If you enjoy reading, you know the positive impact a good work of fiction can have on your mood, but did you know that it can affect other aspects of your life as well? As a writer, I often find myself focusing on my own work, and not taking the time to read as much as I would like to. Science tells us that there are a multitude of good reasons why we should set aside time in our days to get lost in a good story.
Christine Seifert, a professor of communication at Westminster College, wrote an article for Harvard Business Review, in which she explained that reading fiction encourages the development of multiple skills that are highly sought after by employers, particularly those which allow them to interact more effectively with their co-workers. She asserts that fictional stories aid us in viewing things from different perspectives, thus helping us to develop empathy for people in the real world. She also discusses our culture’s need for “cognitive closure” which means that we tend to look for quick, easy answers to problems, and resist changing our minds after we have reached a conclusion. Reading fiction helps us to overcome this urge, by forcing us to follow a story through all of its twists and turns before reaching its end. Overall, reading fiction gives us the ability to look at the world through a wider lens, and to accept viewpoints other than our own.
Mental Floss shared an article written by Abigail Fagan, about the physical and emotional benefits of reading. These benefits include reducing stress, increasing creativity, expanding vocabulary and general knowledge, and even increasing your lifespan. The article also sites a University of Toronto study which found that reading about fictional characters actually changes the way we see ourselves.
These articles make it clear that reading is not only enjoyable but immensely beneficial. It helps us develop skills that will be of great value to us in both our personal and professional lives, and increase our physical and emotional health. So how do we make the most of these benefits?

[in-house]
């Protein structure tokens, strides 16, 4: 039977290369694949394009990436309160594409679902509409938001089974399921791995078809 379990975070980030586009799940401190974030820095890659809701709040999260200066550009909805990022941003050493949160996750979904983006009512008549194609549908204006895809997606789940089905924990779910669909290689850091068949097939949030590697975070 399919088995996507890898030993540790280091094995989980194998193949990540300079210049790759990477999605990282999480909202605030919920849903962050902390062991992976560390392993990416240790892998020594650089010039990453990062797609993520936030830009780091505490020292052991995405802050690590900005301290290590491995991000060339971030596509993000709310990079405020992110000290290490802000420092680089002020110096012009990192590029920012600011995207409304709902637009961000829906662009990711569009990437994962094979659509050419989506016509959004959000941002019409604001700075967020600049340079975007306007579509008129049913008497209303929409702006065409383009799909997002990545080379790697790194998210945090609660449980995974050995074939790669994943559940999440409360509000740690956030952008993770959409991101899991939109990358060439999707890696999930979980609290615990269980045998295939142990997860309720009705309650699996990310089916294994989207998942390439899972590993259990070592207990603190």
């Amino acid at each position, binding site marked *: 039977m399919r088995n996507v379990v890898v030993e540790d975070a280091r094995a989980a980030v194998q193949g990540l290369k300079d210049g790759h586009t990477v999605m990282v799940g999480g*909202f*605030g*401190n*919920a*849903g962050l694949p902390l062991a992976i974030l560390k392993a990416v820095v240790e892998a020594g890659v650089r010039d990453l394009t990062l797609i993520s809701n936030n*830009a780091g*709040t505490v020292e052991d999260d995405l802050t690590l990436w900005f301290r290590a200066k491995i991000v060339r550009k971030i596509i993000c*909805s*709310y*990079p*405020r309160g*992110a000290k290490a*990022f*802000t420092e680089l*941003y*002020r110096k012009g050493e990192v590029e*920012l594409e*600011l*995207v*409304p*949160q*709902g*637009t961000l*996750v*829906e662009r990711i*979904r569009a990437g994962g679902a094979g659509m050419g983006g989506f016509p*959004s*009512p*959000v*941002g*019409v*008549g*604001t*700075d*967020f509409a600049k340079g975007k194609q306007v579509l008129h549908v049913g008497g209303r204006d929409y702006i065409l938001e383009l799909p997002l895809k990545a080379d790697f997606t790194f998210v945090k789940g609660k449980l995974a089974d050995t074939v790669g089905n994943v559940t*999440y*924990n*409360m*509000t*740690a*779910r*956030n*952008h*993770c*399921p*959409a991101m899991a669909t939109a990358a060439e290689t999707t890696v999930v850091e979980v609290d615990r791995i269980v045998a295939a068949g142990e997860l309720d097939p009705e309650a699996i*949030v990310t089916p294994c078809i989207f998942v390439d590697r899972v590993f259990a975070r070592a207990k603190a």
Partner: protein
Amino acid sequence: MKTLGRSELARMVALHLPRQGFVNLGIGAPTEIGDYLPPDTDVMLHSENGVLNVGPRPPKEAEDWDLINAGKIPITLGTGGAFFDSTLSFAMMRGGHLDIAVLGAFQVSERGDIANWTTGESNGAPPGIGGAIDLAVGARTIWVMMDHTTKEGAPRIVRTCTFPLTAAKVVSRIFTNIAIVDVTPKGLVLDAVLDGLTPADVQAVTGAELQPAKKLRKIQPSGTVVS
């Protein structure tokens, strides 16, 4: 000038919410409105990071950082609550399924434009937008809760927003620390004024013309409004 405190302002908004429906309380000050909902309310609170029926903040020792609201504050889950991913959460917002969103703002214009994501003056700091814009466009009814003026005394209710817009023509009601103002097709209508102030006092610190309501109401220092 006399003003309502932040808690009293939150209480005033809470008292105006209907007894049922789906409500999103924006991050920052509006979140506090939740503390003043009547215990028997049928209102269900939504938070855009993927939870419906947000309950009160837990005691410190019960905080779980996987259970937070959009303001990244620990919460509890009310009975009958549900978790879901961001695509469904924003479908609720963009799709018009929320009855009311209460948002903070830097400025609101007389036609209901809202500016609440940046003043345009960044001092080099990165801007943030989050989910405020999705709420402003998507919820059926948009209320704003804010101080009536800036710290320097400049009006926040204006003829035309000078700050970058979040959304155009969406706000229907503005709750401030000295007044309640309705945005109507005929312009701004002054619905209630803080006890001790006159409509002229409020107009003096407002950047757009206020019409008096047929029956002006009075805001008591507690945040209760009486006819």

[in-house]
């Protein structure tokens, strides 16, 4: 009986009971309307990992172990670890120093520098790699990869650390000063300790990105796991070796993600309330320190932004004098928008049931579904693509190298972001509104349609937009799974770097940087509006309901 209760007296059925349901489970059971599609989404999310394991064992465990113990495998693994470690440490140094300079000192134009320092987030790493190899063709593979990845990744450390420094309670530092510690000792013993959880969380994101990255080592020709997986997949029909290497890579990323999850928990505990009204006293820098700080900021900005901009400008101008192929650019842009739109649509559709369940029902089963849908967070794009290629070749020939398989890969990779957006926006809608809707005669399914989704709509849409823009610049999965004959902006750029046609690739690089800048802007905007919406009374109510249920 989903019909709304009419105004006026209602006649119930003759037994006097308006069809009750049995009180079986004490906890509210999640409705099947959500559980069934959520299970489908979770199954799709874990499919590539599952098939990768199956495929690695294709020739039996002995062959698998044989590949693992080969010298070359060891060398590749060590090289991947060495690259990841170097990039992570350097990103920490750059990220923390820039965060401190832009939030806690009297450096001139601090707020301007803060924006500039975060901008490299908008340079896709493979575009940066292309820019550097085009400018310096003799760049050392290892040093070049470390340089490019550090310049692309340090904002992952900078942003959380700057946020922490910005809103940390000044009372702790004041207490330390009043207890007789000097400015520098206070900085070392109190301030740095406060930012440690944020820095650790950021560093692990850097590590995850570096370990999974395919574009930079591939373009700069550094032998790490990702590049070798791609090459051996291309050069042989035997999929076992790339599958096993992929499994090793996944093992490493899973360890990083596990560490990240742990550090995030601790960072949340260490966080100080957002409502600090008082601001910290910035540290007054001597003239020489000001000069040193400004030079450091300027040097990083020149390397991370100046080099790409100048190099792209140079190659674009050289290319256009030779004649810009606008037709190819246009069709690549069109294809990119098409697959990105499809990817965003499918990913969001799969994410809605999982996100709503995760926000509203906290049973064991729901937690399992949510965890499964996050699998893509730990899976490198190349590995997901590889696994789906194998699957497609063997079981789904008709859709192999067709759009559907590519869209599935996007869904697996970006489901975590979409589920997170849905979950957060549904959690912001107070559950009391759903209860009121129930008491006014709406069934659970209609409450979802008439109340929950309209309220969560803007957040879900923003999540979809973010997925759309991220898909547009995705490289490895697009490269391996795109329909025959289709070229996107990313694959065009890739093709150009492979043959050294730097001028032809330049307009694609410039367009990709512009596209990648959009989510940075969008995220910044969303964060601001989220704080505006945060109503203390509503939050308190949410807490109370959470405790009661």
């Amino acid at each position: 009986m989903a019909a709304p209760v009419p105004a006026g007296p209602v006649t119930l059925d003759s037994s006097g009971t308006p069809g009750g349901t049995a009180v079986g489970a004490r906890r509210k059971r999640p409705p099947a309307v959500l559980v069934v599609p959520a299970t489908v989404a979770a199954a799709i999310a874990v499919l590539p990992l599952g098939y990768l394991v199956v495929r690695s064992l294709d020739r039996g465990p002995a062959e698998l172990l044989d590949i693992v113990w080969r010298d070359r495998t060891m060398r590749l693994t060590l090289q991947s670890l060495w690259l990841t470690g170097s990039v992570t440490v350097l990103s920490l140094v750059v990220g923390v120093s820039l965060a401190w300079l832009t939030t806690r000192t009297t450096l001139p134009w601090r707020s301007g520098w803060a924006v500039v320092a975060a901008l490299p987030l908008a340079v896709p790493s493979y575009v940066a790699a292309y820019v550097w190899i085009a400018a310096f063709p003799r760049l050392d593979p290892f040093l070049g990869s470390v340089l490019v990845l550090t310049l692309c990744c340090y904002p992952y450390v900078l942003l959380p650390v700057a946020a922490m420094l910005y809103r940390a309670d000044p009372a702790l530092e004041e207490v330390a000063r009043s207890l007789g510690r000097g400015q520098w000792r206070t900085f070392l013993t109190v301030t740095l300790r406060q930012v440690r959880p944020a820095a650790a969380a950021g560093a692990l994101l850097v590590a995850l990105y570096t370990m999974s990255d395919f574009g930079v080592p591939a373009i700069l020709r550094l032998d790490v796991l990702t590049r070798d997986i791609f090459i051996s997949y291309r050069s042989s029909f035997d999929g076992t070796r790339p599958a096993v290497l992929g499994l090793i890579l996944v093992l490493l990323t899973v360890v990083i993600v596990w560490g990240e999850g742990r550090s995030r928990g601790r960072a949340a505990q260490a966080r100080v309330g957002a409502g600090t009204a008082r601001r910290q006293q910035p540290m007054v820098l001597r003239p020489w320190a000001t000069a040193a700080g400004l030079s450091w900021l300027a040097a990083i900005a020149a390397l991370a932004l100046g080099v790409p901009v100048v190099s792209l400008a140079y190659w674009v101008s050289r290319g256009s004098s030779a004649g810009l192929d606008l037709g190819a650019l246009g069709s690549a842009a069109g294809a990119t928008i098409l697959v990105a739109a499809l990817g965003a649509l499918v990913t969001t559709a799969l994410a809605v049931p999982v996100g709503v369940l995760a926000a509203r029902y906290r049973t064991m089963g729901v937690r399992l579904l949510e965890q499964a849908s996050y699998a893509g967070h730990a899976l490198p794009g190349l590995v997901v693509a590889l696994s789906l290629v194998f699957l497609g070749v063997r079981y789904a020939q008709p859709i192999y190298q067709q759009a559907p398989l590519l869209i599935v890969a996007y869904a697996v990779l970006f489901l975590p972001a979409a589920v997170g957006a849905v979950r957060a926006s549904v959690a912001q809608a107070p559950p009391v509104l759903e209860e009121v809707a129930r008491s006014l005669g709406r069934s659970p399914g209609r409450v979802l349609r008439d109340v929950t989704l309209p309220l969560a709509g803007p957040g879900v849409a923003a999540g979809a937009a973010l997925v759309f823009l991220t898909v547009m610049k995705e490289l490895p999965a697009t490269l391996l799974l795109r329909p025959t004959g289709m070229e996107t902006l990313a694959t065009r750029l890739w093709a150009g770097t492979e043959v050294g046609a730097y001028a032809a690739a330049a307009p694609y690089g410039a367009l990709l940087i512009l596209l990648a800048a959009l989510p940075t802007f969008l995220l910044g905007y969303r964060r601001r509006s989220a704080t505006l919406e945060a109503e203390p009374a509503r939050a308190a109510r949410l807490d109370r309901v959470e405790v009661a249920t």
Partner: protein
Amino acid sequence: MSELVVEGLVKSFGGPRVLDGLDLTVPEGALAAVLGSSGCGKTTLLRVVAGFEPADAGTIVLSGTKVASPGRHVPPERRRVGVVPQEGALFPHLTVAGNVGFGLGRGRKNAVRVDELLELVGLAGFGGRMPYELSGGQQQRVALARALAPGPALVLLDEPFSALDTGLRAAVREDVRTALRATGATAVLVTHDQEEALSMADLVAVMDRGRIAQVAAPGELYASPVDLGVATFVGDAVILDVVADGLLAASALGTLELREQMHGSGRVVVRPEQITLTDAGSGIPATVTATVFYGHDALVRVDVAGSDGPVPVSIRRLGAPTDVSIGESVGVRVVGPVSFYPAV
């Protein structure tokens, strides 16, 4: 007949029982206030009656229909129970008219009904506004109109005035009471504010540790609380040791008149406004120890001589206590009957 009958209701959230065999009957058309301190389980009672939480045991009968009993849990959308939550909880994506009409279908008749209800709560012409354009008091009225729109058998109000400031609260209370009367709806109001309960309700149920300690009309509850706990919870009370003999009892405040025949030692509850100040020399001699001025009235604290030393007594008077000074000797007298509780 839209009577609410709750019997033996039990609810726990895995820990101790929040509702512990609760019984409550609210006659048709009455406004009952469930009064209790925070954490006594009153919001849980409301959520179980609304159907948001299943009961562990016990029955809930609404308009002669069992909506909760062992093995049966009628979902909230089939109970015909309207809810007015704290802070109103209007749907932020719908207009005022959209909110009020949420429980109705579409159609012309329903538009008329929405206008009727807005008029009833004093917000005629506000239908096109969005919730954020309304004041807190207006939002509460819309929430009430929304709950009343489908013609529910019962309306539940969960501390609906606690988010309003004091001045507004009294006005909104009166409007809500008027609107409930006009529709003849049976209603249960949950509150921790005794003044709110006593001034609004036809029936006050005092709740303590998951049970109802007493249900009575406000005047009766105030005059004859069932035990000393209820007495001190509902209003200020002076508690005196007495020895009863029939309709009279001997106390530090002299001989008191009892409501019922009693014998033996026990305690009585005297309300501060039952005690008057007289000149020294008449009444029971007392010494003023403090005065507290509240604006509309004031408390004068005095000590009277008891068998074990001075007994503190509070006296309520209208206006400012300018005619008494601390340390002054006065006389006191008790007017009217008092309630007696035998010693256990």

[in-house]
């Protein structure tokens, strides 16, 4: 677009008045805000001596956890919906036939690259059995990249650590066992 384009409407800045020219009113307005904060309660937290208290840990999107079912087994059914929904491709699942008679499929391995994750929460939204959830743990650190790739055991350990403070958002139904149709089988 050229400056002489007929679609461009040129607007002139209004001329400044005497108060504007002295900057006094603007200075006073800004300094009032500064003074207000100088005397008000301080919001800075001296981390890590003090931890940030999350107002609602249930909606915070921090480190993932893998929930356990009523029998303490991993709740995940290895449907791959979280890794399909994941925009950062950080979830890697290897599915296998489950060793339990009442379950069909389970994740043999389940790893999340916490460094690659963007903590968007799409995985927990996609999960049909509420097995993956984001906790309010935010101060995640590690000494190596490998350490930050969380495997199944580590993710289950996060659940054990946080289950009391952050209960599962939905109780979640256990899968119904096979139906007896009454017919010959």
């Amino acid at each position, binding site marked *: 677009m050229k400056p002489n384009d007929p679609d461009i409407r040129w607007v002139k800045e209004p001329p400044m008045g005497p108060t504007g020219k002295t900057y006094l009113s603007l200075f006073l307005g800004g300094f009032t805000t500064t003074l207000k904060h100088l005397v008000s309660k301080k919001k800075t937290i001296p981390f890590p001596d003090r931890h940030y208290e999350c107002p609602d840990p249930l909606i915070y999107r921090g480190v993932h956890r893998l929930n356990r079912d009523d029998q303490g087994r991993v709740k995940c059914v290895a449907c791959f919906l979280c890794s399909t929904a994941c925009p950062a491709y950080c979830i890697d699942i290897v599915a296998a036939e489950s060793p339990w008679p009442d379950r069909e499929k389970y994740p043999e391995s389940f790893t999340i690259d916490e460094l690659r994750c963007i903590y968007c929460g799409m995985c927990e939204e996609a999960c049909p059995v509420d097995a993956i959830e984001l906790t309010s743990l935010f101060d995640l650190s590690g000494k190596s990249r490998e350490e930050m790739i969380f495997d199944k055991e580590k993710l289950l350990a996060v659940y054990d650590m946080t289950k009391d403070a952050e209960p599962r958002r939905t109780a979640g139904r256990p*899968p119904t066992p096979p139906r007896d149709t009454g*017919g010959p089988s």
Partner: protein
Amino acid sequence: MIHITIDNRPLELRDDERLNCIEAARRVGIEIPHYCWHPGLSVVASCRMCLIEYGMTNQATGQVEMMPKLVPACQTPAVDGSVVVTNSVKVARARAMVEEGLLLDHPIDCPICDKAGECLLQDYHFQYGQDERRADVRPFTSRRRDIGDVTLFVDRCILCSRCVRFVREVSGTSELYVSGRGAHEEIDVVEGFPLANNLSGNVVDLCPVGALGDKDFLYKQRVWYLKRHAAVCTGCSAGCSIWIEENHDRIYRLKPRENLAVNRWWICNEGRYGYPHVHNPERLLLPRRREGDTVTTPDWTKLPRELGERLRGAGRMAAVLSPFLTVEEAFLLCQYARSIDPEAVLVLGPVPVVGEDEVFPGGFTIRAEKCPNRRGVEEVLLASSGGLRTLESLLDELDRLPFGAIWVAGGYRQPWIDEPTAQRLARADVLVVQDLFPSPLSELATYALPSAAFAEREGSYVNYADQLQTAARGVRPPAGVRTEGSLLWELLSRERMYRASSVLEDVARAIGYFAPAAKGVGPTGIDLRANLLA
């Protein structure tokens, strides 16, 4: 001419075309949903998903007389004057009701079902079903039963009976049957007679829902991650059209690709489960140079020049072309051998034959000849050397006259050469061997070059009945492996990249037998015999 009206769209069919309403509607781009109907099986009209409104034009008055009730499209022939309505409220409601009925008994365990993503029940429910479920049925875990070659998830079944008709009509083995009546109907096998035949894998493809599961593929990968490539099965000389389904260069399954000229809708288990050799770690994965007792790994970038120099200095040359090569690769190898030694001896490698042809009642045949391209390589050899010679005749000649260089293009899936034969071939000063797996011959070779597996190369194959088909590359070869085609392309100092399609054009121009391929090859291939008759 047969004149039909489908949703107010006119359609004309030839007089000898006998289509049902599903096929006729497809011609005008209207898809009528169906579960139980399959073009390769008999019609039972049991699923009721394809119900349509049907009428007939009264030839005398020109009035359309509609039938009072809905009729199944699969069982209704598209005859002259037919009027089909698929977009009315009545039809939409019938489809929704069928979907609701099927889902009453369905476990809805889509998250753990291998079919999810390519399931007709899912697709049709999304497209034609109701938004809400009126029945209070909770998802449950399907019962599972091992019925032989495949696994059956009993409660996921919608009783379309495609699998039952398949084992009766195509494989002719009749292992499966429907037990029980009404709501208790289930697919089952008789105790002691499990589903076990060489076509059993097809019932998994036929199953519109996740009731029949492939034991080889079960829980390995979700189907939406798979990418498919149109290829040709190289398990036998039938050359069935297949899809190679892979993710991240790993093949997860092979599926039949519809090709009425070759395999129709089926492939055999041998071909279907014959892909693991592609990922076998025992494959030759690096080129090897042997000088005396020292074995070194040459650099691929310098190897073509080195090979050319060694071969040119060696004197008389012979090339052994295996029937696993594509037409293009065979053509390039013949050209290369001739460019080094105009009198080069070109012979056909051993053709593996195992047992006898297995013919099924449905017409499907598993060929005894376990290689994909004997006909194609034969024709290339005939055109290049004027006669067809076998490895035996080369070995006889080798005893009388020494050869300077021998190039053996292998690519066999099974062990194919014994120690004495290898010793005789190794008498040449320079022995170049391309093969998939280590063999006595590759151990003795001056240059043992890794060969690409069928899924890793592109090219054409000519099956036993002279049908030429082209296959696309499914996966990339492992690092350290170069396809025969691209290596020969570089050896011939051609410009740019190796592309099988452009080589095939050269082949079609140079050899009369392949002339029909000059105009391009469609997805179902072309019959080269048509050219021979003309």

· 1- Read more. It can seem hard to find enough hours in the day to do everything we want to do, but set aside a little time to read, knowing that it will benefit you in the long run.
· 2- Read fiction specifically. Reading non-fiction can be great. Educational, and informative books help us learn and expand our minds, but when it comes to many of the emotional, and interpersonal benefits of reading, fiction is the way to go.
· 3- Read stories that challenge you to think outside of your own experiences. Read fiction from writers, and about characters, who have led different lives, and faced different challenges than your own. Becoming absorbed in a great story makes us feel like we are living the lives of the characters. This feeling allows us to relate to people in our real lives who we might otherwise never connect with.
So, the next time you want to sit down with a good book, but feel like you have more important things to do, remind yourself that reading fiction will make you a happier, healthier, and more socially aware person.
If you noticed that this post is different from my usual ones, that’s because it is for my Social Media Marketing specialization on Coursera. If you like it, let me know and I’ll try to do more posts that are similar.
Whitney Metz is the author of the Black Magick Series. She lives outside the town of Mannington, West Virginia with Riley and Petunia, two pigs she adopted during an internship at Farm Sanctuary. She also writes a weekly blog at her website whitneymetz.com.
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